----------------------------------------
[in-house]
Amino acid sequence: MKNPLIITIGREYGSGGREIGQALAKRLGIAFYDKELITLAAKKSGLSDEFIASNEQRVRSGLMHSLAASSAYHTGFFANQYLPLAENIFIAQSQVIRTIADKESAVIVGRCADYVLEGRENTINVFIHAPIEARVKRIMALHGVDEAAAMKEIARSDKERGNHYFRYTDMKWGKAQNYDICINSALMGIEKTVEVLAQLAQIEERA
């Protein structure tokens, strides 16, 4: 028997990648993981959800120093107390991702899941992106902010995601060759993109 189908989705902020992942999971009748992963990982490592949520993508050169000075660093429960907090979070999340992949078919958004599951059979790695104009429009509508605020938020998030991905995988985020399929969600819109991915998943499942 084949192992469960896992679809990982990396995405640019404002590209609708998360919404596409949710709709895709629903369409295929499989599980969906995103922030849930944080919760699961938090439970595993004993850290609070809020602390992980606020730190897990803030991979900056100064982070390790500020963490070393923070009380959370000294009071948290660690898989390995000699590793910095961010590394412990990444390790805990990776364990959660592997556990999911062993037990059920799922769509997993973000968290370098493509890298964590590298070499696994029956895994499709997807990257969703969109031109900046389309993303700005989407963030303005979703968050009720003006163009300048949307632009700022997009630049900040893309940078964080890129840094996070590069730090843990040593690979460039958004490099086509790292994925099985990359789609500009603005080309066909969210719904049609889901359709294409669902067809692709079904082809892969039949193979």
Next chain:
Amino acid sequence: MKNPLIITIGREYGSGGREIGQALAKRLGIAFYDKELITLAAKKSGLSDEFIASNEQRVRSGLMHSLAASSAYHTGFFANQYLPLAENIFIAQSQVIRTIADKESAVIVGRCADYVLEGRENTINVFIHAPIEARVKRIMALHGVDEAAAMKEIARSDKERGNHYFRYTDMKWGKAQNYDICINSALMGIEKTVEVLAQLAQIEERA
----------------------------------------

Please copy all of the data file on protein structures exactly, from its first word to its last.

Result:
[in-house]
Amino acid sequence: MKNPLIITIGREYGSGGREIGQALAKRLGIAFYDKELITLAAKKSGLSDEFIASNEQRVRSGLMHSLAASSAYHTGFFANQYLPLAENIFIAQSQVIRTIADKESAVIVGRCADYVLEGRENTINVFIHAPIEARVKRIMALHGVDEAAAMKEIARSDKERGNHYFRYTDMKWGKAQNYDICINSALMGIEKTVEVLAQLAQIEERA
């Protein structure tokens, strides 16, 4: 028997990648993981959800120093107390991702899941992106902010995601060759993109 189908989705902020992942999971009748992963990982490592949520993508050169000075660093429960907090979070999340992949078919958004599951059979790695104009429009509508605020938020998030991905995988985020399929969600819109991915998943499942 084949192992469960896992679809990982990396995405640019404002590209609708998360919404596409949710709709895709629903369409295929499989599980969906995103922030849930944080919760699961938090439970595993004993850290609070809020602390992980606020730190897990803030991979900056100064982070390790500020963490070393923070009380959370000294009071948290660690898989390995000699590793910095961010590394412990990444390790805990990776364990959660592997556990999911062993037990059920799922769509997993973000968290370098493509890298964590590298070499696994029956895994499709997807990257969703969109031109900046389309993303700005989407963030303005979703968050009720003006163009300048949307632009700022997009630049900040893309940078964080890129840094996070590069730090843990040593690979460039958004490099086509790292994925099985990359789609500009603005080309066909969210719904049609889901359709294409669902067809692709079904082809892969039949193979």
Next chain:
Amino acid sequence: MKNPLIITIGREYGSGGREIGQALAKRLGIAFYDKELITLAAKKSGLSDEFIASNEQRVRSGLMHSLAASSAYHTGFFANQYLPLAENIFIAQSQVIRTIADKESAVIVGRCADYVLEGRENTINVFIHAPIEARVKRIMALHGVDEAAAMKEIARSDKERGNHYFRYTDMKWGKAQNYDICINSALMGIEKTVEVLAQLAQIEERA